7. Offset Serrated Bread Knife
  8. It uses an offset handle to ensure your knuckles do not touch the cutting surface when the blade has cut all of the way through the food. Made for cutting crunchy crusts that are harder to cut at the bottom.

  9. Butchers Knife
  10. With the traditional butcher you get a wide blade and curve at the tip, which makes it a great all round knife. For home butchers, a short 7 to 8 inch butcher knife is a great tool. It works well slicing, trimming, and if needed can be used for skinning larger animals without the need to have to purchase a separate skinning knife.

  11. Butter Knife
  12. A common knife with a dull blade used for cutting and spreading butter.

  13. Carving Knife
  14. A carving knife is used to cut slices of meat from large, boneless pieces of meat like ham, roast beef and sizable fish like salmon. It usually has a straight edge, rather than a serrated one, and is generally 8 to 15 inches. The blade is shorter and wider than a slicing knife, although they are longer than a regular kitchen knife. A carving knife has a much thinner blade than a kitchen knife, which also enables it to cut thin slices of meat.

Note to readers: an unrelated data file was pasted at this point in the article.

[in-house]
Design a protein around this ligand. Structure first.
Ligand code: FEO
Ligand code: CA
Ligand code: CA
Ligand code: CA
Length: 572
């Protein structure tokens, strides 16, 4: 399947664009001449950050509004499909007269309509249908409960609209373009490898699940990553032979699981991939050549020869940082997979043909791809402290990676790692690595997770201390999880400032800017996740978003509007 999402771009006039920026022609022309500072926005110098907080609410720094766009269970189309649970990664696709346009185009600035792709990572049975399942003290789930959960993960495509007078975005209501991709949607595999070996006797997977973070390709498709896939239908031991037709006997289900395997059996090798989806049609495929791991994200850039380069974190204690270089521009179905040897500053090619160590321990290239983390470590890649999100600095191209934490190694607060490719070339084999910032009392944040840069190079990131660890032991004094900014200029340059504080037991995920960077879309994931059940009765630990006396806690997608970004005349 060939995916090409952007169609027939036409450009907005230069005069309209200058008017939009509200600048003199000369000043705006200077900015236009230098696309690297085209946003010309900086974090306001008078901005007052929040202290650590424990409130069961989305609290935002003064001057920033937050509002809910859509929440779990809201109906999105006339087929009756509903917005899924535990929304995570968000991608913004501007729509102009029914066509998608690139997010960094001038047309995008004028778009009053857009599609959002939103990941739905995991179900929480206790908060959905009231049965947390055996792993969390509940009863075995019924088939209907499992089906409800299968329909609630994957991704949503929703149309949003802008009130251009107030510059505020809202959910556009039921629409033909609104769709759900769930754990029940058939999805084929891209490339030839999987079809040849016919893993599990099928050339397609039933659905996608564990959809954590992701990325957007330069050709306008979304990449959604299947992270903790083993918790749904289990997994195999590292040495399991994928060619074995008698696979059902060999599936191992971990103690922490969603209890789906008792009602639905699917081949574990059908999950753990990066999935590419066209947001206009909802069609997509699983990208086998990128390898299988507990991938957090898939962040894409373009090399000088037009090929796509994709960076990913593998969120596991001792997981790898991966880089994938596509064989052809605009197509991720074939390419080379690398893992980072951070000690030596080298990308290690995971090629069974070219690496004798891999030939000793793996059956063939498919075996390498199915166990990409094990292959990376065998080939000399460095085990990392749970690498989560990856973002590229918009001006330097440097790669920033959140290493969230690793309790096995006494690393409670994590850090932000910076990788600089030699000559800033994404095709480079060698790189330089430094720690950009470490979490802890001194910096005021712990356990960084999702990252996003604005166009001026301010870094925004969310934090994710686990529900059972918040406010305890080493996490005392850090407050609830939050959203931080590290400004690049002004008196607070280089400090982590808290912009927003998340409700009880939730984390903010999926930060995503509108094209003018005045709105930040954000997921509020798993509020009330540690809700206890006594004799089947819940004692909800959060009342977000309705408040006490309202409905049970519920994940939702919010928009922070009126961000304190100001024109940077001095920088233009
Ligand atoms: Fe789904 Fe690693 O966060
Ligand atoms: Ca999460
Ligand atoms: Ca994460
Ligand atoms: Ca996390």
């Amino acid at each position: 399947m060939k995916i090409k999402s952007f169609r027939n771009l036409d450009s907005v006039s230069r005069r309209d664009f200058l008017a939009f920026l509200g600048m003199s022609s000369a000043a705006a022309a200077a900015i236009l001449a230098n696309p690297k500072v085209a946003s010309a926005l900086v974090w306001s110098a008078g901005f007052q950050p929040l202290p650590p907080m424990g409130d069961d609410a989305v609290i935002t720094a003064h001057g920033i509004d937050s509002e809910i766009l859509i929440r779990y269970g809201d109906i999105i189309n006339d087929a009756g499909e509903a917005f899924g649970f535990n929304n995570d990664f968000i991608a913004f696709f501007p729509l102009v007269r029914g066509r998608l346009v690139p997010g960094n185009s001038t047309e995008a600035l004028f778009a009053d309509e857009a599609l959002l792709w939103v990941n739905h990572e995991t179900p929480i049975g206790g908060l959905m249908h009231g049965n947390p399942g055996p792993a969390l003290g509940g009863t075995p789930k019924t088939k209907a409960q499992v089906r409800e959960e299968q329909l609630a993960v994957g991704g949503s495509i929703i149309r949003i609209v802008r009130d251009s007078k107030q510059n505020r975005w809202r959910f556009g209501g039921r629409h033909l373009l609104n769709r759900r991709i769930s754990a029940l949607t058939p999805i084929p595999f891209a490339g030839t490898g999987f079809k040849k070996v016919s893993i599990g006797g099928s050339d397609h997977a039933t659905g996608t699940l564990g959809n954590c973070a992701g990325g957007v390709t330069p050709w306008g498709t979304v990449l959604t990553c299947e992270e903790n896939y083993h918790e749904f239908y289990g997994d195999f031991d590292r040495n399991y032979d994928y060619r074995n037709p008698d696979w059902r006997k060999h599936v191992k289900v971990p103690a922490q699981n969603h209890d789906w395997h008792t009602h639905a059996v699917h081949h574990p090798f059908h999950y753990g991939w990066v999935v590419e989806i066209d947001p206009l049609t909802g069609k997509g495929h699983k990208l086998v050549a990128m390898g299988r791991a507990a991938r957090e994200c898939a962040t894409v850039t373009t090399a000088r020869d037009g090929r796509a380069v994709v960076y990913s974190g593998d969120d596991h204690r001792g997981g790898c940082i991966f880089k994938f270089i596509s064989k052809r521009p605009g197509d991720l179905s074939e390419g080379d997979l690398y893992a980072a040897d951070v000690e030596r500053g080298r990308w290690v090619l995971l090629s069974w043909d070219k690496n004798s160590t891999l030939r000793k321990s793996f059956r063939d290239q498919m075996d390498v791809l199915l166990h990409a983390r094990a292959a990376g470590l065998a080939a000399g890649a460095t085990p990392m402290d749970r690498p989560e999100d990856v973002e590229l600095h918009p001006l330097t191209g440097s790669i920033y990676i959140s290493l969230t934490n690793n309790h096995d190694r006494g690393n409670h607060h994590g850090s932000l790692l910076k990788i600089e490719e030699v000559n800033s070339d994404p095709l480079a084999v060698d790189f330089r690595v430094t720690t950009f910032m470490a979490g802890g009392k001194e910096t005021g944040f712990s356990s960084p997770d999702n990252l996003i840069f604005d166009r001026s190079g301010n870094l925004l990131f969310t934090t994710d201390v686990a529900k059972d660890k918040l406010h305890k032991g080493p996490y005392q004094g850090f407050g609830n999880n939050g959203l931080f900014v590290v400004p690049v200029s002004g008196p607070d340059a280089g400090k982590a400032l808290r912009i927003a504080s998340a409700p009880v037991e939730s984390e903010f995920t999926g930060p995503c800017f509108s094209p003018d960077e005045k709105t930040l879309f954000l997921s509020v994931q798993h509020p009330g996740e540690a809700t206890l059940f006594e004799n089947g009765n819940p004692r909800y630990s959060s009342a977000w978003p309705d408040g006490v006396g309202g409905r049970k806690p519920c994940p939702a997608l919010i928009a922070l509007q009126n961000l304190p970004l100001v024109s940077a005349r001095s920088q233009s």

15. Cheese Knife
  16. The design of the knife is created for maximum efficiency and little stress. The blade is extremely thin and often cut with wide holes to prevent the cheese from sticking. This allows the knife to easily slice through tacky and sticky soft cheeses like Camambert, Brie, almost all blue cheeses, and slightly firmer cheeses like Appenzeller. In a pinch it also does a fine job of cutting the rinds off of firm and hard cheeses. The tines at the end allow you to skewer and serve slices of cheese with deft precision.

  17. Chef’s Knife
  18. The most indispensable of knives, a chef’s knife is essential for preparing any meal, no matter how simple. It is a kitchen favorite around the world when it comes to chopping, dicing and slicing. Chef’s knives usually come in lengths from 6 inches to 12 inches and are about 1 inch wide with the most popular being 8 inches. The best chef’s knives are forged from a single piece of steel that runs the entire length of the knife. Quality ones go for around US$150. Don’t skimp on this one.